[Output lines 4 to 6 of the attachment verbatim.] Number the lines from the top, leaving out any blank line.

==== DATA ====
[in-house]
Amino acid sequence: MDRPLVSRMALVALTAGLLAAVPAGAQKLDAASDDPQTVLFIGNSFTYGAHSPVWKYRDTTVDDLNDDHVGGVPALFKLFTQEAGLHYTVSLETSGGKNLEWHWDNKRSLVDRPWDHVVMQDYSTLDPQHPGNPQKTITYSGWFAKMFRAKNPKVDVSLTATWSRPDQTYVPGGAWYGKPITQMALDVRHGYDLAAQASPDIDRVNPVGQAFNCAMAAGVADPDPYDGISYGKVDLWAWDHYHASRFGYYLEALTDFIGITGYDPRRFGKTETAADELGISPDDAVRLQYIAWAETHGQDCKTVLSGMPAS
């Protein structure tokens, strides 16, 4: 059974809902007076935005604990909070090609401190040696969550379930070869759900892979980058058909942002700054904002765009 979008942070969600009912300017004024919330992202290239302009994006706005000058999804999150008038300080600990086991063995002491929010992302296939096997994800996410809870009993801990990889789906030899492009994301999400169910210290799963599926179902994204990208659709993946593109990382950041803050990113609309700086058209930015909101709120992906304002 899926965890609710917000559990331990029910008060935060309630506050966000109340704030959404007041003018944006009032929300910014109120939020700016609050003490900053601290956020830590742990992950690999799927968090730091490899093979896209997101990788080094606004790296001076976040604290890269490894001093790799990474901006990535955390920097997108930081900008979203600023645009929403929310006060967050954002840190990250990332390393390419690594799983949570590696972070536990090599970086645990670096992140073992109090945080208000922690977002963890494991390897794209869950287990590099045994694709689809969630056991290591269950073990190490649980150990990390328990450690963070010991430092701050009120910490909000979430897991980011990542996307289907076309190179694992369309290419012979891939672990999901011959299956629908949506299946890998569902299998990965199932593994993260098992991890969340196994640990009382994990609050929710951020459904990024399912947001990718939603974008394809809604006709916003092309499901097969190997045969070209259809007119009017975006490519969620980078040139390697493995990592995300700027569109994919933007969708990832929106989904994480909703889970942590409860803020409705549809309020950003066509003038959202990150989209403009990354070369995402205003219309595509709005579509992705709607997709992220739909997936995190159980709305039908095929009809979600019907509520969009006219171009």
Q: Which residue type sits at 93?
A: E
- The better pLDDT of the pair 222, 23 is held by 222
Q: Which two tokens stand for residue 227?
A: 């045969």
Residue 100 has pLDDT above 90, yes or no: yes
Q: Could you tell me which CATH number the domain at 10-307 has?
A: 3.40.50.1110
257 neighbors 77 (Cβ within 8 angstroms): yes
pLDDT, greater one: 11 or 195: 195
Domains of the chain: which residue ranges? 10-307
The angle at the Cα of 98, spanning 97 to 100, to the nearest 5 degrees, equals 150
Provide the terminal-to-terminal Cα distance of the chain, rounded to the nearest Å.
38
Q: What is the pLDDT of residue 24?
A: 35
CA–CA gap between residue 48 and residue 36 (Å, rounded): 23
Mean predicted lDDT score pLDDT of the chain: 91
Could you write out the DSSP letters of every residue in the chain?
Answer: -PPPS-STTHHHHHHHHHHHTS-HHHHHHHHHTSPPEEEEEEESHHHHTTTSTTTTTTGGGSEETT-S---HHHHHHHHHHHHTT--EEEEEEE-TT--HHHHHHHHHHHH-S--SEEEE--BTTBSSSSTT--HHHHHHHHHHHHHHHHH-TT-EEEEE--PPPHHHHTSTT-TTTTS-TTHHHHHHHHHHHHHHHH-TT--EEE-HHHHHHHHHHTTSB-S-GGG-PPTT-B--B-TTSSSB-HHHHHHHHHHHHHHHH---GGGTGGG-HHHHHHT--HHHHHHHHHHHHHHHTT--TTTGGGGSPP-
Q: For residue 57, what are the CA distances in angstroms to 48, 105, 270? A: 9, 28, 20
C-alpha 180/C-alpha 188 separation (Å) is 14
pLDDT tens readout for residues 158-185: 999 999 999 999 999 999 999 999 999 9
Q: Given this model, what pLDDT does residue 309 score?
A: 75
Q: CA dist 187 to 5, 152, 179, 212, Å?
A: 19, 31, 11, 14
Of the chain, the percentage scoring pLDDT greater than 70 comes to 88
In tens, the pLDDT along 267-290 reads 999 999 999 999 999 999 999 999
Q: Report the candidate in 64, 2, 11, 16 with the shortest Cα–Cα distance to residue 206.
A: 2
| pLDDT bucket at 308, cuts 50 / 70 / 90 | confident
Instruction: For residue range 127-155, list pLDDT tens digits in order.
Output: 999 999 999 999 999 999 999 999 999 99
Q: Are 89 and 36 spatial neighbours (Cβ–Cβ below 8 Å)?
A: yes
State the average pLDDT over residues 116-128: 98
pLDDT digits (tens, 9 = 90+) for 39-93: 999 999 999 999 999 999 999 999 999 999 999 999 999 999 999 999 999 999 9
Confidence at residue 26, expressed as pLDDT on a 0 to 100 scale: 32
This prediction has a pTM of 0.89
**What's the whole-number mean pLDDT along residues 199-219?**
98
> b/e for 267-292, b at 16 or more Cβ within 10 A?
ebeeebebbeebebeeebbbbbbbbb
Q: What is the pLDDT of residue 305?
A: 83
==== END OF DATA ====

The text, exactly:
Q: Which residue type sits at 93?
A: E
- The better pLDDT of the pair 222, 23 is held by 222